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  8. nancy said on November 18, 2006 at 9:53 pm

    After Woody was fired, every newspaper in the free world reported he was fired. Except the Columbus Dispatch, which ran a notorious Page One banner: WOODY HAYES RESIGNS. It made the paper a laughingstock, but the editors stood by it the way Ben Bradlee stood by Woodward and Bernstein. They always said that that’s what Woody told their reporter — “I quit” — and that’s the way they were going to play it.

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  9. Dave said on November 19, 2006 at 12:58 am

    Somewhere, probably at my parents house, that book Buckeye is lying around. I bought it from a Little Professor bookstore shortly after it came out, I don’t recall it being all that kind to Woody.

    I, too, grew up with Woody and watched his TV show, his players would try to answer sometimes but Woody would pretty much answer for them. I couldn’t imagine a Ohio State without Woody but all things do pass, don’t they.

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  10. colleen said on November 19, 2006 at 1:22 pm

    How come anytime I read an Albom piece or see him on tv, no matter his supposed topic, the vibe I get is that it’s about him, NOT his subject.

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  11. John said on November 19, 2006 at 9:00 pm

    I started reading Mitch’s obit and thought, wow, this isn’t bad. But man did it get off track fast. It wandered all over the place until I realized that it read like … a first draft by a pretty good writer who didn’t have time, or make time, to write a second draft to get rid of all the lame cliches.

    Thanks for all the Woody stuff …. enlightening for a New England boy.

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  12. MarkH said on November 20, 2006 at 2:34 am

    Not “all that kind to Woody” could be in the eye of the reader, Dave. I’m a (not rabid) Woody fan, but felt the book was fair and accurate. Speaking of “not all that kind”, Vare was particularly harsh on the rah-rah section knows as the Columbus sportswriters, who were (are?) a fawning bunch, indeed, in all things Woody and OSU.

    Further to Nancy’s point on how the Dispatch treated Woody’s firing in ’78: any negative or controversial OSU sports news, if it was covered at all, was summarily buried. I remember an aquaintance who played a backup position for Woody, was disgruntled with a number of things on the team, among them probably not being a consistent starter. Toward the end of the ’74 season he threatened to go public with his complaints, then did. I guess being a senior he felt he had little to lose. The story did run; small, below the fold on page 11, bylined to the AP.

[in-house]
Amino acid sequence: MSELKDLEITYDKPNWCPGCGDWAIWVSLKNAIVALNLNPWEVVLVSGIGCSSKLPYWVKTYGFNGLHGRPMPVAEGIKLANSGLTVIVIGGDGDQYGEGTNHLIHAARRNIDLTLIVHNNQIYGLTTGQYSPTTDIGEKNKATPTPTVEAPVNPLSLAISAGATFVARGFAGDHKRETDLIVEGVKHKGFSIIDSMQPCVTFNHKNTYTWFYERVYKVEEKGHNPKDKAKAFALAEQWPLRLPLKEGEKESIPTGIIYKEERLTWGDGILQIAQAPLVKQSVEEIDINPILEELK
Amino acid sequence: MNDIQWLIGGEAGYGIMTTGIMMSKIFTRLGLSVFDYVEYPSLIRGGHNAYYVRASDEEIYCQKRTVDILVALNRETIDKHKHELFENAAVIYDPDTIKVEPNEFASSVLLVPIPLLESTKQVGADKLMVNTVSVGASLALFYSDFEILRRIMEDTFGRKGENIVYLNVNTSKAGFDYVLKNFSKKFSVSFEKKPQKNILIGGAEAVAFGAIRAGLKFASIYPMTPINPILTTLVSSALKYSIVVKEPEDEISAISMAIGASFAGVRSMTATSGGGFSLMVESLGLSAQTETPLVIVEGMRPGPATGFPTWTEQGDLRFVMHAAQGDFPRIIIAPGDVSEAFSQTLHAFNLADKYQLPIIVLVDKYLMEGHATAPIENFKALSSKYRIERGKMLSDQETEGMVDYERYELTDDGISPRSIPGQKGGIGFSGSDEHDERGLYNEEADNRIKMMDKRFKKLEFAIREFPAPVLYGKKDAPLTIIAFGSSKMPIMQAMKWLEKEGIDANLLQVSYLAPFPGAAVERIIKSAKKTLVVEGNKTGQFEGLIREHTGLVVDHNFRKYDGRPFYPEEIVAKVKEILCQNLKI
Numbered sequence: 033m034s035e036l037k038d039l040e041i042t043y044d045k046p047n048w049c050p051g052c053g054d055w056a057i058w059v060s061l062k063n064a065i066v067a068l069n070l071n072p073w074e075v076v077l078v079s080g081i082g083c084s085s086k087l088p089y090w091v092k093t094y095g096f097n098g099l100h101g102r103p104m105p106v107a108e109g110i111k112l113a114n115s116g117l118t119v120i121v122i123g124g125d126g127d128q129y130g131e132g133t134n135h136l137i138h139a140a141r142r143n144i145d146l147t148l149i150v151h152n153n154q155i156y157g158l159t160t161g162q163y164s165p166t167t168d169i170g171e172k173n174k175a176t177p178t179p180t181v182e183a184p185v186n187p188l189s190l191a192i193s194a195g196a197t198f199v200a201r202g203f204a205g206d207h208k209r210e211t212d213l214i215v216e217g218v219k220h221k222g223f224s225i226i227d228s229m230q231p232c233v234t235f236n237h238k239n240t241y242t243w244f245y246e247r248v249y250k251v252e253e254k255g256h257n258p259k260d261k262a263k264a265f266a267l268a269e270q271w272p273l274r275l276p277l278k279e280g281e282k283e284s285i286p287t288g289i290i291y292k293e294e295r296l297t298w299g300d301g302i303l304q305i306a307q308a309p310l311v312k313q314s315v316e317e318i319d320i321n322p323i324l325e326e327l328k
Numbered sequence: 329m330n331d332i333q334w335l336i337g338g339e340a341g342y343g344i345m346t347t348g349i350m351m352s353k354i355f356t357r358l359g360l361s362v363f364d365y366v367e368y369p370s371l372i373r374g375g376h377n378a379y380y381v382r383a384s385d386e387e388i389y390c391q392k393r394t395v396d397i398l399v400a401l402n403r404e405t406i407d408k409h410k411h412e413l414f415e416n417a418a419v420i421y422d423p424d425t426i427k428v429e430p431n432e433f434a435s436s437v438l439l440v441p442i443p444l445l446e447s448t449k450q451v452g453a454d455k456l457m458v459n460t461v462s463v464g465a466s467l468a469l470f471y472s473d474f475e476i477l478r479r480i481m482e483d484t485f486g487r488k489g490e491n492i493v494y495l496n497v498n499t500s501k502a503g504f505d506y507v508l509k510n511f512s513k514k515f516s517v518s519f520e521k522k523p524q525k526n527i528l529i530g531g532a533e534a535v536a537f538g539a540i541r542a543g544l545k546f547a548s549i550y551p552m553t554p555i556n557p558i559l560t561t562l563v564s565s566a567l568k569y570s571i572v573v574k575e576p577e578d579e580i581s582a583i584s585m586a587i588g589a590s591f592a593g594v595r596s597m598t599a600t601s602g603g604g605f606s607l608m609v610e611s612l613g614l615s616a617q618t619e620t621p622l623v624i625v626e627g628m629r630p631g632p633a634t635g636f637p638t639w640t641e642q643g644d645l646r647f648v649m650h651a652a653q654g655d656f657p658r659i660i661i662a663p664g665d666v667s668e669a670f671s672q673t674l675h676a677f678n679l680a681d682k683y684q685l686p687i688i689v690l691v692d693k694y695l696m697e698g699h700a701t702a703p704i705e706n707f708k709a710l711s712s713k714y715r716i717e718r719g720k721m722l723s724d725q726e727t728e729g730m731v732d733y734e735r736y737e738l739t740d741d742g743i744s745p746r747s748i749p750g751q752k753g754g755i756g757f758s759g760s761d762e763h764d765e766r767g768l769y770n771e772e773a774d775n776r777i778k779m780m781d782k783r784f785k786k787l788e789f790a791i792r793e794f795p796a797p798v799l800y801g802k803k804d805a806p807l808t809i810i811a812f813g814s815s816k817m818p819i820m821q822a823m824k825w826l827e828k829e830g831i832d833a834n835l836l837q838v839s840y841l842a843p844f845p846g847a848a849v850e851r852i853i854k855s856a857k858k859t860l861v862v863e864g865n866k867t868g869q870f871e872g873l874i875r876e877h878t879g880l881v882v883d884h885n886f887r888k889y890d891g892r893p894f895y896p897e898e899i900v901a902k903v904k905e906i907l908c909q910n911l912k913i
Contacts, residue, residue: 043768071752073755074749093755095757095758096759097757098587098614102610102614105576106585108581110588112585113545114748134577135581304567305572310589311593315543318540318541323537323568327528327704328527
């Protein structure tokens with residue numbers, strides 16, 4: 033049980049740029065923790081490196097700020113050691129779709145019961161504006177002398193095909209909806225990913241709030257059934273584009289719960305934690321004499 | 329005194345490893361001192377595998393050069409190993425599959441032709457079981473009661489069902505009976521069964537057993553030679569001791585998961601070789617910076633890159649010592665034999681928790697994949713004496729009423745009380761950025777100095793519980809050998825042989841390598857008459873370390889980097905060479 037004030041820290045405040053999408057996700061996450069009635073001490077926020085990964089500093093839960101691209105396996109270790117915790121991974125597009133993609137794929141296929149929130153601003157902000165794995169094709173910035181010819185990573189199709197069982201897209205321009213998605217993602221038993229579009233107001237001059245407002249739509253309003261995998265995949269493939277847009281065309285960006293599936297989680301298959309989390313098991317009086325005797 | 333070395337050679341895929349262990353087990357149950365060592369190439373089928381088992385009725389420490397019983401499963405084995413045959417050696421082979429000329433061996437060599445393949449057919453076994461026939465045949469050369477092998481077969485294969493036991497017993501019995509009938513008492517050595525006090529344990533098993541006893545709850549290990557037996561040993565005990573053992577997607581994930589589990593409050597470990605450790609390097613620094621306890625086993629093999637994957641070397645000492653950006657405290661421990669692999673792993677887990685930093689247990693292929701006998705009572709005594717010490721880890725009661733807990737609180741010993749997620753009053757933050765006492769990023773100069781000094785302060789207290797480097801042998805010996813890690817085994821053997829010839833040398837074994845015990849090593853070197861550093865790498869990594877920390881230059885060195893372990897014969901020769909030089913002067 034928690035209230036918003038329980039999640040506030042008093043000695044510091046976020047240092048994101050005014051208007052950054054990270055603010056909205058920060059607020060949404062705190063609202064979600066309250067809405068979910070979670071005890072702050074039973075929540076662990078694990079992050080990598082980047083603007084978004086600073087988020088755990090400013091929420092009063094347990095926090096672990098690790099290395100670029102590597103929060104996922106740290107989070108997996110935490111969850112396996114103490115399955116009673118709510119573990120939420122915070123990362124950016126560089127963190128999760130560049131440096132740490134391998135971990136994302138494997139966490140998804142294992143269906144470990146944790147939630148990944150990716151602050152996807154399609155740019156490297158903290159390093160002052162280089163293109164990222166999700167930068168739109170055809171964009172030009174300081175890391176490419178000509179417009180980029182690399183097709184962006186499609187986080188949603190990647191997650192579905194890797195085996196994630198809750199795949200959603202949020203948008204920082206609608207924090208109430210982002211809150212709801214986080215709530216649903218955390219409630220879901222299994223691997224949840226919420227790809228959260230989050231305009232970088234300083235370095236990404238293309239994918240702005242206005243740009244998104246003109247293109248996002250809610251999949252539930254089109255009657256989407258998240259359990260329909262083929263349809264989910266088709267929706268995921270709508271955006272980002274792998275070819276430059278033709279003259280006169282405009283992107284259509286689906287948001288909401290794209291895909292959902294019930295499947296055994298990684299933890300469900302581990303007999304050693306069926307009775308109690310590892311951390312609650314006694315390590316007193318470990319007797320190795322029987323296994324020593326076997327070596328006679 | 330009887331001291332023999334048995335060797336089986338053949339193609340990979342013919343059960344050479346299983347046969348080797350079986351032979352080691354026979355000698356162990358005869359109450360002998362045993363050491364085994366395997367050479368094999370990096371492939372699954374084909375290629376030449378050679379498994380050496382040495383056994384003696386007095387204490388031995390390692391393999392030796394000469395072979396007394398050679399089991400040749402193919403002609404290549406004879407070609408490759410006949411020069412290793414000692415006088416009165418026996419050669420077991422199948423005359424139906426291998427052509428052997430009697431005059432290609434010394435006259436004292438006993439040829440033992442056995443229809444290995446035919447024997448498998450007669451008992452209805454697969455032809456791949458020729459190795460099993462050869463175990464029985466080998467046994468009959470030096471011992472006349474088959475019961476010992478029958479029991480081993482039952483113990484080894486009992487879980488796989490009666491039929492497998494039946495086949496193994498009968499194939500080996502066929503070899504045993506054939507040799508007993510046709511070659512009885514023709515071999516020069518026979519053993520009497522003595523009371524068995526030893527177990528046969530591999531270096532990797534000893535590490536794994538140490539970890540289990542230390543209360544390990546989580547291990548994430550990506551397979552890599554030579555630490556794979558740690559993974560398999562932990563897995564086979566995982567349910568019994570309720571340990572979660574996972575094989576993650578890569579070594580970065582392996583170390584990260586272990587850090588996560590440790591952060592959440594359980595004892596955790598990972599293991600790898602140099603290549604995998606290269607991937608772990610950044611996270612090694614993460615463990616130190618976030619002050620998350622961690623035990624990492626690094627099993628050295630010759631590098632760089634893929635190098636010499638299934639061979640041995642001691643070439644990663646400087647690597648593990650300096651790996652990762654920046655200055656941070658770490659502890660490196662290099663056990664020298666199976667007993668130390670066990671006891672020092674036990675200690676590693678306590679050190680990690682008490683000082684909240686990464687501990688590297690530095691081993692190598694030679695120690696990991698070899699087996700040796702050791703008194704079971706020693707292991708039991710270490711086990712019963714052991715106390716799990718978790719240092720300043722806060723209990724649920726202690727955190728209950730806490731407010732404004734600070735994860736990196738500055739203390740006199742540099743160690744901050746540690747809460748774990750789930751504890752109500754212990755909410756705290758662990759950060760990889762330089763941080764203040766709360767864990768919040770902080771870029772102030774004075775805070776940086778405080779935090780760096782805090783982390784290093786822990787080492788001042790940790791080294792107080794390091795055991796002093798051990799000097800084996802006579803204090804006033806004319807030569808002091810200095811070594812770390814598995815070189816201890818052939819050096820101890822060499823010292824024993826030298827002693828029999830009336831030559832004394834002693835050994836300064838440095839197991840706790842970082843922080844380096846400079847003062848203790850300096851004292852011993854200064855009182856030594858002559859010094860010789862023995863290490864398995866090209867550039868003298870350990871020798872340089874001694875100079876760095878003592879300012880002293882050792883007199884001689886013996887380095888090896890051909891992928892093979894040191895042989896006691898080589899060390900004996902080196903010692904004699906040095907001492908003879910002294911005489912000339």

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  13. Dave said on November 20, 2006 at 4:48 pm

    MarkH, I read that book thirty years ago, or whenever it came out, I really don’t have an ironclad memory of it in my mind. I DO also remember Dispatch coverage of those years and I’m sure my memory of it is accurate, everything you say is true, Woody was God in Columbus to the sports media but then, what did the Dispatch report negatively on in those years? Mayor Maynard Sennsenbrenner, perhaps (whose quotes used to crack me up but I can’t remember a one today).

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  14. MarkH said on November 20, 2006 at 11:12 pm

    Sensenbrenner, ha, what a character. I didn’t live there when he was mayor, as I arrived I arrived in ’72. That’s right, the famous Tom Moody years. The only stories of Sensenbrenner I do remember revolved around his dancing around the goal posts at OSU games, in colorful clothing, I think. Then another clown came in after Moody just to spice things up; Buck Rinehart, no? Nancy and others here may have a better memory of all this.